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Uni students prepare to fight federal budget blow


University students have wasted no time marshalling forces to fight the Turnbull government’s plan to increase course fees and require earlier repayment of tuition debts.

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The government has revamped its controversial 2014 budget package of changes by dumping plans for deregulated course fees and a 20 per cent cut in funding for universities.

Instead students will have to pay up to $3600 more for a four-year university degree and start paying back their loans as soon as their income reaches $42,000.

The most expensive degree, medicine over six years, would cost $71,900, up from $68,000.

Universities will be subject to a $2.8 billion “efficiency dividend”.

The government will require the share of university fees covered by students to increase “slightly” from 42 per cent to 46 per cent of course costs, while the load carried by government will drop from 58 per cent to 54 per cent.

Education Minister Simon Birmingham describes the measures as “relatively modest when you boil them down to the impact on students and their fees”.

But students are not impressed, saying the “massive drop” in the HECS-HELP repayment threshold from $56,000 to $42,000 was the worst change to student debt in more than a decade.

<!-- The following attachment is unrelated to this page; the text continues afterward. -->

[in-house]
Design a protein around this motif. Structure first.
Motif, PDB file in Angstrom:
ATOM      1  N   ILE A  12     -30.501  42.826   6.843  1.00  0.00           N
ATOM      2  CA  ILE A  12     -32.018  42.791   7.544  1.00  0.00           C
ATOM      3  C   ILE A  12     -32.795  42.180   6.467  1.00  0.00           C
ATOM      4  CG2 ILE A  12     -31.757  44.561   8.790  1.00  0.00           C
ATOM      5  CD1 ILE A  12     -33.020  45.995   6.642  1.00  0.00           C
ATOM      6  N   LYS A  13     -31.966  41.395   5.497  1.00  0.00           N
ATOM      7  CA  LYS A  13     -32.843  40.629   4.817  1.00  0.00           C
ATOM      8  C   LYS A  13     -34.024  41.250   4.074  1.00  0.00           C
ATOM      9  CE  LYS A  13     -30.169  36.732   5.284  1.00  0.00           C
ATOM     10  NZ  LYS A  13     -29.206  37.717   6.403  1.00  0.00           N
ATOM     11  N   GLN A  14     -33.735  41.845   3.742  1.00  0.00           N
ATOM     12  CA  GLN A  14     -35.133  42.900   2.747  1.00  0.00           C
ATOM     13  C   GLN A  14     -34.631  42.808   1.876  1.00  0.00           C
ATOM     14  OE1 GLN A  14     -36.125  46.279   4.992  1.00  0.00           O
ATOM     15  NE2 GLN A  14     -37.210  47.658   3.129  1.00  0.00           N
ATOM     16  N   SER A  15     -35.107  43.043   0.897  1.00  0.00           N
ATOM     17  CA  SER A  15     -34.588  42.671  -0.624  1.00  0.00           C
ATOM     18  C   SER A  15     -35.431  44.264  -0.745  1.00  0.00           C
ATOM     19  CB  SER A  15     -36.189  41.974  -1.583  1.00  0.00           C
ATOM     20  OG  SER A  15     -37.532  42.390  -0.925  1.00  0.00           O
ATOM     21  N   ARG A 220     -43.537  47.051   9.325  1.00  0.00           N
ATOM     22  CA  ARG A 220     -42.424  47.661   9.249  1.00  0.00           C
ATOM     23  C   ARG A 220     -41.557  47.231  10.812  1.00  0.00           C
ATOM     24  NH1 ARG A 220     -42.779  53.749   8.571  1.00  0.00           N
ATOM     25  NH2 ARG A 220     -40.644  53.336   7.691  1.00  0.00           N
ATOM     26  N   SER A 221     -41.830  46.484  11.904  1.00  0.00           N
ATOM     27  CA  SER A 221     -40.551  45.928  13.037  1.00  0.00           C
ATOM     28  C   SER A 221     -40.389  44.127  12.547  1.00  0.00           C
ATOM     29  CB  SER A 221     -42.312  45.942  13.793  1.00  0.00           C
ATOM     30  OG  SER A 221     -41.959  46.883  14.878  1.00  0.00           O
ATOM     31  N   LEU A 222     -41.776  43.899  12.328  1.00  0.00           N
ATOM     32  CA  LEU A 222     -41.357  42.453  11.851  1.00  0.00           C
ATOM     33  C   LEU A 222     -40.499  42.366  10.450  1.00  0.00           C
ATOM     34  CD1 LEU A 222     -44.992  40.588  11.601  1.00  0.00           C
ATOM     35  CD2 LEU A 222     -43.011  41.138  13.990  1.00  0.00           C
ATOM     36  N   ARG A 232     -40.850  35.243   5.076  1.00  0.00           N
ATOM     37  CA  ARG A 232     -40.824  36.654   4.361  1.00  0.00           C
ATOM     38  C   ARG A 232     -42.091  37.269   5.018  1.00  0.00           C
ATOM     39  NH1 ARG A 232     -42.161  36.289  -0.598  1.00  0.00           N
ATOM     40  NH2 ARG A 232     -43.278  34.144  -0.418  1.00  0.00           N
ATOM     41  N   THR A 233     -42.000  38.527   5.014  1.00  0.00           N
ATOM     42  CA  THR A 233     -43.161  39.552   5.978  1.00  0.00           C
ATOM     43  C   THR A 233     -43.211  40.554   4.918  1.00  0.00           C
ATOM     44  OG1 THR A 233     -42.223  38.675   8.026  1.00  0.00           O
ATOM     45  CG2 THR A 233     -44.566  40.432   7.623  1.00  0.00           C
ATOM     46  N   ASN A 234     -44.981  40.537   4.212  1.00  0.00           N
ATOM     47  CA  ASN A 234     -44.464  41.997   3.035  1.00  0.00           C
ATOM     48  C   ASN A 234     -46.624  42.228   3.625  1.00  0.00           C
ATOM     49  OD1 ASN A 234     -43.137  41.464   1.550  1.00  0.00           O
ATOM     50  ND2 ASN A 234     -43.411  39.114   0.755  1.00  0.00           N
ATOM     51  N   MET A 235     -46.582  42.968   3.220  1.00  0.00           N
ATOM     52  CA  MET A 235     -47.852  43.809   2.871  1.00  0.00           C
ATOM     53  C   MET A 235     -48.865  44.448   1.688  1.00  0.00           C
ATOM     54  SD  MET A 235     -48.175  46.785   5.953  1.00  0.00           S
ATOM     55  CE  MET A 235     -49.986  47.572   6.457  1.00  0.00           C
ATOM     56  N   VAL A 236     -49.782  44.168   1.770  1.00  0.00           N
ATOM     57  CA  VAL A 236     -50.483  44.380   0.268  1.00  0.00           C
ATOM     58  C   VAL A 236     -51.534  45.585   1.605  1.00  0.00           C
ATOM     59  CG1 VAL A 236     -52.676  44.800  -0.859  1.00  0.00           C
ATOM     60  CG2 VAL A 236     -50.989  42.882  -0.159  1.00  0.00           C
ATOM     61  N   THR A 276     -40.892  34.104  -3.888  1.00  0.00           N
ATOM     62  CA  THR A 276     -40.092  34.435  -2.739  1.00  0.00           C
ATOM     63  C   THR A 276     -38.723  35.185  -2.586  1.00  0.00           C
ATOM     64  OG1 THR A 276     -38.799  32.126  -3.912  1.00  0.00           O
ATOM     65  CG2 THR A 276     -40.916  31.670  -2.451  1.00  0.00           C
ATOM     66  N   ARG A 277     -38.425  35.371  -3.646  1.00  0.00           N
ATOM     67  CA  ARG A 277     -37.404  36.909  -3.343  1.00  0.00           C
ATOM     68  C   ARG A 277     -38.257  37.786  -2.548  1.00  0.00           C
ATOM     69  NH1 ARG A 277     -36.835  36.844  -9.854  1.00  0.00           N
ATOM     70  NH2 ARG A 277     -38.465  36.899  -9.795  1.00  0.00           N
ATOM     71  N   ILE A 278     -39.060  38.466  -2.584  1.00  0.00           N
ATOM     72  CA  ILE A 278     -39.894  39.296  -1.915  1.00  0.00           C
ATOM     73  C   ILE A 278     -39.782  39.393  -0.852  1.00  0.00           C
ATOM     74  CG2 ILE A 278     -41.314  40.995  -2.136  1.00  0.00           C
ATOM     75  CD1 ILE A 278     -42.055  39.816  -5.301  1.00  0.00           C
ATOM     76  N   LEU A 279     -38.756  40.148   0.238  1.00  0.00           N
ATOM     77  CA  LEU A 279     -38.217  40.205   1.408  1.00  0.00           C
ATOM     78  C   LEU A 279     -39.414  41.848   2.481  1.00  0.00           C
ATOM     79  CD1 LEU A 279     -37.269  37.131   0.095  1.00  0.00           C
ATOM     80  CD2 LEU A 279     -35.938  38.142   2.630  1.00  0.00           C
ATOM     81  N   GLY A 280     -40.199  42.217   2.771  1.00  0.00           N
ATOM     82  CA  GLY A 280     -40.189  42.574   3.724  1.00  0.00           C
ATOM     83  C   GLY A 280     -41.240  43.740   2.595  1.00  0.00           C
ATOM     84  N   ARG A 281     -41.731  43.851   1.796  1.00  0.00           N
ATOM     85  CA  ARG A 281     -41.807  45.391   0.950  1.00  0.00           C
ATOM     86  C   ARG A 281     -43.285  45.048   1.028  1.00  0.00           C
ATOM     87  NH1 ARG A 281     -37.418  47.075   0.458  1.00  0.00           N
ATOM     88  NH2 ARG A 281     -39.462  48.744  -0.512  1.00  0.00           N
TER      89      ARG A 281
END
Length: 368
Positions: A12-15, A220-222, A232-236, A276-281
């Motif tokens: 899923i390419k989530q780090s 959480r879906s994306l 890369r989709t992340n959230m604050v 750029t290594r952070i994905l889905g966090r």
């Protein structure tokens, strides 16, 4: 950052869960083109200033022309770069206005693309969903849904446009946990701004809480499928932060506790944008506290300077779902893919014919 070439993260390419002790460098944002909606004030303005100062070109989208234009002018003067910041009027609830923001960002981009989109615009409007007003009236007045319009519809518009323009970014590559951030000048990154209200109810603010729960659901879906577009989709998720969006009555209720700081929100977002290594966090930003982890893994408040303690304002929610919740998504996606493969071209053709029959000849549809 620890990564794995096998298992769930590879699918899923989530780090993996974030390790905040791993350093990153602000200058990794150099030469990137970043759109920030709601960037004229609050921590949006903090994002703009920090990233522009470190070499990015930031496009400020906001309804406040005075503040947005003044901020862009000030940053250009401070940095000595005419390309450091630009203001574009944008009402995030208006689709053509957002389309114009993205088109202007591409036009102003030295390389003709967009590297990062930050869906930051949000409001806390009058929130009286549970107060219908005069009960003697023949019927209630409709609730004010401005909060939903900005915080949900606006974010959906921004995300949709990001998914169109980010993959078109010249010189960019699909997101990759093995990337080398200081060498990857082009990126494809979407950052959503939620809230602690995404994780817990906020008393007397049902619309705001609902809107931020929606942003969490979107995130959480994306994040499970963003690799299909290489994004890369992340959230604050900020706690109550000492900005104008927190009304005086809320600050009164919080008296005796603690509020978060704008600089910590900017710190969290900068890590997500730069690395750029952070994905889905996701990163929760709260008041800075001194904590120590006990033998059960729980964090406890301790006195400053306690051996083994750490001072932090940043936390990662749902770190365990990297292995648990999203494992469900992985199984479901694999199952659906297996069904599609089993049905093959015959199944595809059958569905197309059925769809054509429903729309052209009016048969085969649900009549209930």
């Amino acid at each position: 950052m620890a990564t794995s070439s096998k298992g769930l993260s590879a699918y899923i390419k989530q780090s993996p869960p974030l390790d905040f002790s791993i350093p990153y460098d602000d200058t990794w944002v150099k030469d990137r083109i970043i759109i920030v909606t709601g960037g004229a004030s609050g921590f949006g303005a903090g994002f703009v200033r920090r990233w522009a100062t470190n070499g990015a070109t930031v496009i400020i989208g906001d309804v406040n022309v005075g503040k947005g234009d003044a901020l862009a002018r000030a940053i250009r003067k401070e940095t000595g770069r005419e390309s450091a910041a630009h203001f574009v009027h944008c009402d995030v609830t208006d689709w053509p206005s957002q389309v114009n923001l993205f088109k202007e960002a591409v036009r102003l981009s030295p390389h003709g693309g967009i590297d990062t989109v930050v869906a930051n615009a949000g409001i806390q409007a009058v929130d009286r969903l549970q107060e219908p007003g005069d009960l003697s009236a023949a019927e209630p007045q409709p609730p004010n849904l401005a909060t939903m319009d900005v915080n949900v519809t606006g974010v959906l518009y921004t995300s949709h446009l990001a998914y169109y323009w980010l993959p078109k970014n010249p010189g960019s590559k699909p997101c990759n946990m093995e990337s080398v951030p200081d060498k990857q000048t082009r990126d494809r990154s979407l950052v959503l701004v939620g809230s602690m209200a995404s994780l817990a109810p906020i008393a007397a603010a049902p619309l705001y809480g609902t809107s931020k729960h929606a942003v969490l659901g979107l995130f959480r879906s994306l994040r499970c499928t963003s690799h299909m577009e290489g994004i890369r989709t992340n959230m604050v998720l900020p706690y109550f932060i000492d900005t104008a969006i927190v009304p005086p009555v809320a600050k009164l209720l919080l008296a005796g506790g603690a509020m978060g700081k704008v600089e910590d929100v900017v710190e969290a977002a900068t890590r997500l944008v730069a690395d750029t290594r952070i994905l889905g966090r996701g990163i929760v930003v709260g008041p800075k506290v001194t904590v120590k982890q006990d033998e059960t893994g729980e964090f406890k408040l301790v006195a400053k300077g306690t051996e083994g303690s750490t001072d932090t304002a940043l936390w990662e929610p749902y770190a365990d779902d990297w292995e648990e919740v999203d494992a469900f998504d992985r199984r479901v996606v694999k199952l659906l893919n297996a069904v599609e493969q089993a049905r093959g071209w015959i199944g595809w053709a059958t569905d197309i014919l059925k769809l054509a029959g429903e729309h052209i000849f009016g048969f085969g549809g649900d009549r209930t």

“The government is out of touch when they tell students they should pay even more for their education while they let corporations, making billions, pay no tax,” said Jenna Schrodes from Sydney University Student Representatives Council.

Students are planning what they say will be a rowdy protest around the country on Wednesday.

National Union of Students president Sophie Johnston said the package was “a war on students and young people”.

Birmingham defended the changes, arguing the existing student loan book debt of $52 billion is unsustainable.

“The last thing I want to do is to see a future minister in my shoes in a position where they say ‘this loan scheme is no longer affordable’,” he told ABC radio on Tuesday.

Labor has welcomed the government’s decision not to proceed with fee deregulation, but education spokeswoman Tanya Plibersek questioned giving big business a tax cut at the same time student fees were being increased and efficiency dividends imposed on universities.

University of Sydney vice-chancellor Michael Spence says the package was a budget disaster averted, but nor was it great.

“Students will be paying more but universities will be receiving less so that doesn’t sound like a good formula for the knowledge economy,” he told ABC radio.

Monash University vice-chancellor Margaret Gardner disagreed with the minister’s argument the university funding changes were fair.

“The universities are important to jobs growth, ideas for the future and they constitute Australia third largest export industry,” she said.

Universities Australia chief executive Belinda Robinson says the cuts run counter to the government’s innovation and skills agenda which aims to keep highly-skilled jobs in Australia in a competitive global economy.

Australian Industry Group chief executive Innes Willox says there is a lot in the package to like, especially measures to make students more job-ready and extra engagement between institutions and employers.

Birmingham hopes Labor will support the package but has already started discussions with Senate crossbenchers just in case.


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